After Team Nigeria flopped badly at the London 2012 Summer Olympics there was uproar in the land with the media slamming the nation's poor performance.
Predictably government reacted to the public outcry with no other person than the President himself, Goodluck Jonathan voicing his displeasure and promising government's proper response to ensure that there would not be a repeat at the next Games in Rio de Janeiro, Brazil in four years time.
One of the responses the President made a few days after the London Games finished on August 12 was an overhaul of the sports apparatus in the country.
Just over two months after the pronouncement, government finally came good on its promise by organising a Presidential Retreat on Sports, which held Monday at the Presidential Villa, Abuja.
While I must give kudos to the President for finally making it happen, I, however, still harbour my fears at the direction government is taking in an attempt to stem the slide.
Ironically in my piece last weekend titled: 'SA 2013: Now That We've Qualified' I warned on the need for football officials to tone down their rhetoric as regards the chances of the Super Eagles at the Nations Cup finals so as not to place undue pressure on the team.
However, little did I realise that the bug would catch on at the highest levels of government with President Jonathan sticking out his neck to say that he wants Team Nigeria to not only win five gold medals but also top it with 36 medals at the Rio Games!
I must say I was a bit surprised by this statement because in the 60 years and 15 Olympic Games Nigeria has attended (the first being the 1952 Helsinki Games) we have only managed a combined total of 23 medals of which only three have been gold!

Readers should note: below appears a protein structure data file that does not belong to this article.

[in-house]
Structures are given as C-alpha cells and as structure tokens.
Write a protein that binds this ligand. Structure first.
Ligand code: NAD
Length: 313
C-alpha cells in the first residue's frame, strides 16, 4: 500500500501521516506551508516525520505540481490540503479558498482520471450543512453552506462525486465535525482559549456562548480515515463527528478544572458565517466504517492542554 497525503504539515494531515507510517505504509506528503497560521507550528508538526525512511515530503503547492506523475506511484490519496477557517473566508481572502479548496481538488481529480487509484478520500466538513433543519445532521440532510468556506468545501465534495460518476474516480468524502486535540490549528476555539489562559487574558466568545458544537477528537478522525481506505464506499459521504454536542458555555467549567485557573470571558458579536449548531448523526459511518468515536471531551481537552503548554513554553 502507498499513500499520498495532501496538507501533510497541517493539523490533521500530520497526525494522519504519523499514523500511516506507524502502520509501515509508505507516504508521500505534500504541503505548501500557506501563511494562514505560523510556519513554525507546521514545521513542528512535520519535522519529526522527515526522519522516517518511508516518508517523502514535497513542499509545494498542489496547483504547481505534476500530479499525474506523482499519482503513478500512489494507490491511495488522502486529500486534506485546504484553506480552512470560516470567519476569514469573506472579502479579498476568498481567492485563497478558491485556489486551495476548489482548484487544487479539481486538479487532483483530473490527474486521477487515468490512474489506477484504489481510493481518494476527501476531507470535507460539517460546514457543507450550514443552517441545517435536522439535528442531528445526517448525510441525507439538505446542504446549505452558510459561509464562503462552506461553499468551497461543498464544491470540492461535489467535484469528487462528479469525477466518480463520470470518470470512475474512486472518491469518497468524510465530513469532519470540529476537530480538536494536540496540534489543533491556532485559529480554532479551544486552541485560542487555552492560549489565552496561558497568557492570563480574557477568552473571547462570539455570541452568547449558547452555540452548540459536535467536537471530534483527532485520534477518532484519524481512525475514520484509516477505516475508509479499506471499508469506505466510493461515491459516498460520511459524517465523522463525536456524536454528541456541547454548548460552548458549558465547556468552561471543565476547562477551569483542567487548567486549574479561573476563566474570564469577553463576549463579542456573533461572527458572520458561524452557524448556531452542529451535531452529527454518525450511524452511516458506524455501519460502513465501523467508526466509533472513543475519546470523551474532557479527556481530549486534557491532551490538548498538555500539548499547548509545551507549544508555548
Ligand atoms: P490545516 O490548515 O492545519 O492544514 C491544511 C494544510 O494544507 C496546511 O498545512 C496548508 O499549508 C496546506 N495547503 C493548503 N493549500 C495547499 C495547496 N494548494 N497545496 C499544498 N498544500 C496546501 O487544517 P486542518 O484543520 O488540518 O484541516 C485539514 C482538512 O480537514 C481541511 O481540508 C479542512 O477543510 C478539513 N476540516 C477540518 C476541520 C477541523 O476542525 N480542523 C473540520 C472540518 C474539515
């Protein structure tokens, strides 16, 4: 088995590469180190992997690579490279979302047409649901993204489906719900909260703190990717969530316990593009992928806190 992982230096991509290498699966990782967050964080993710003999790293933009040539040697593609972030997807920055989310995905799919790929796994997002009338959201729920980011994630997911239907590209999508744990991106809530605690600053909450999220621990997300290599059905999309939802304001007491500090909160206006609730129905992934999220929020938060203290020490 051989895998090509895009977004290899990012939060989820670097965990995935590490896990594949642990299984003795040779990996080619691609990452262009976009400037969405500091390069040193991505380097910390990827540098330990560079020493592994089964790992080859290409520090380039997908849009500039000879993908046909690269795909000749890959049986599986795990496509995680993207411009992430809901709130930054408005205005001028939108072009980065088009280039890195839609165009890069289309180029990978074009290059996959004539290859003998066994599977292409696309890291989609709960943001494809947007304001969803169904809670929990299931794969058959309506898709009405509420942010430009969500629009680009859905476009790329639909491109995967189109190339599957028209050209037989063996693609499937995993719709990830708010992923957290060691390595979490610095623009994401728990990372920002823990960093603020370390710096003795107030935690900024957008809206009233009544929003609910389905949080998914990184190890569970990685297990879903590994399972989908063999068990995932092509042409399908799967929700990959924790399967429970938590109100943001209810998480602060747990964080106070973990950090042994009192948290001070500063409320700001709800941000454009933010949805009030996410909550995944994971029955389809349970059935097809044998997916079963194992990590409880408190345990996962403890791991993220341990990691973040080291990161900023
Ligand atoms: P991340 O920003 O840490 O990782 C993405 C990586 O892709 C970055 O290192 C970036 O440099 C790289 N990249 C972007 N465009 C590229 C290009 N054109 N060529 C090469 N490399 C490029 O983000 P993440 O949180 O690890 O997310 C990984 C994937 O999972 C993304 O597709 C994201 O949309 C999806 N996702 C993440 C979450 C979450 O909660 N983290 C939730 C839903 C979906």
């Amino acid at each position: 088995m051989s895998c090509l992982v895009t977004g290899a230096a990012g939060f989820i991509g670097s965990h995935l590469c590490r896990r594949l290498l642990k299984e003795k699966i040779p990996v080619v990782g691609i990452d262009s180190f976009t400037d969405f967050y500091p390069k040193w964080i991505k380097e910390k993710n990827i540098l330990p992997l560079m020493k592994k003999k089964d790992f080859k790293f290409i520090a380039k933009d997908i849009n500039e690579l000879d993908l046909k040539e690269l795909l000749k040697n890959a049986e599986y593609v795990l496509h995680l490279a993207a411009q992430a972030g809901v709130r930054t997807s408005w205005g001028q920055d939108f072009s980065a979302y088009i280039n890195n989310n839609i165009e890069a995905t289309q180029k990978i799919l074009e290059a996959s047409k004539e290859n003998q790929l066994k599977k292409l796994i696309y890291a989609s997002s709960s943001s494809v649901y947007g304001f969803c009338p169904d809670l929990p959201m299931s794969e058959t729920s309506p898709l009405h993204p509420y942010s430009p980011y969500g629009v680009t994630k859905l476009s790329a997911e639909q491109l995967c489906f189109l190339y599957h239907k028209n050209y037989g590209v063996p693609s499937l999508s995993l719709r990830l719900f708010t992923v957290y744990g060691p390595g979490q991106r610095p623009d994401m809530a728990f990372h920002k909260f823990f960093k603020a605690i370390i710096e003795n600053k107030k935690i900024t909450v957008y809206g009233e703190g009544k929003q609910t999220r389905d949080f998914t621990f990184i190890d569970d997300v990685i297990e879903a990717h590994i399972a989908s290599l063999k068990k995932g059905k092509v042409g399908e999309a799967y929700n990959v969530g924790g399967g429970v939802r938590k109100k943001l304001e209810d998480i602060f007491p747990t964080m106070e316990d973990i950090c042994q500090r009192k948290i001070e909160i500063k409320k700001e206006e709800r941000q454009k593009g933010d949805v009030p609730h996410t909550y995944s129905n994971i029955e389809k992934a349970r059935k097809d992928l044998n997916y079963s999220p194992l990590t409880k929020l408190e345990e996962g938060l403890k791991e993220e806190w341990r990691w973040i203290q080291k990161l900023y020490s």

And now for Nigeria to win 41 medals (five gold plus 36 others of any colour) all by the time the next Games will take place in just under the four years time, will take nothing but a miracle to achieve. While not doubting the efficacy of miracles I seriously doubt this will happen to Nigeria in 2016!
Even if government is able to back up the razzmatazz of the much publicised retreat with money and other logistics how feasible will it be to discover and then nurture an athlete to Olympic glory within four years?
And knowing the way we operate in this country I seriously have my doubts that this will be possible. Many of us are still yet to feel the impact of the palliatives promised by government in the wake of the January nationwide protests over the hike in fuel price!
Sports Analyst, Ayo Ositelu, harped on this when he bluntly told the News Agency of Nigeria (NAN) that President Goodluck Jonathan's request for 36 medals from Team Nigeria at the 2016 Rio de Janeiro Olympic Games is "totally impossible."
But then like we all know: "With God all things are possible." So perhaps we will all be witnesses to 'the mother of all' miracles come Rio 2016.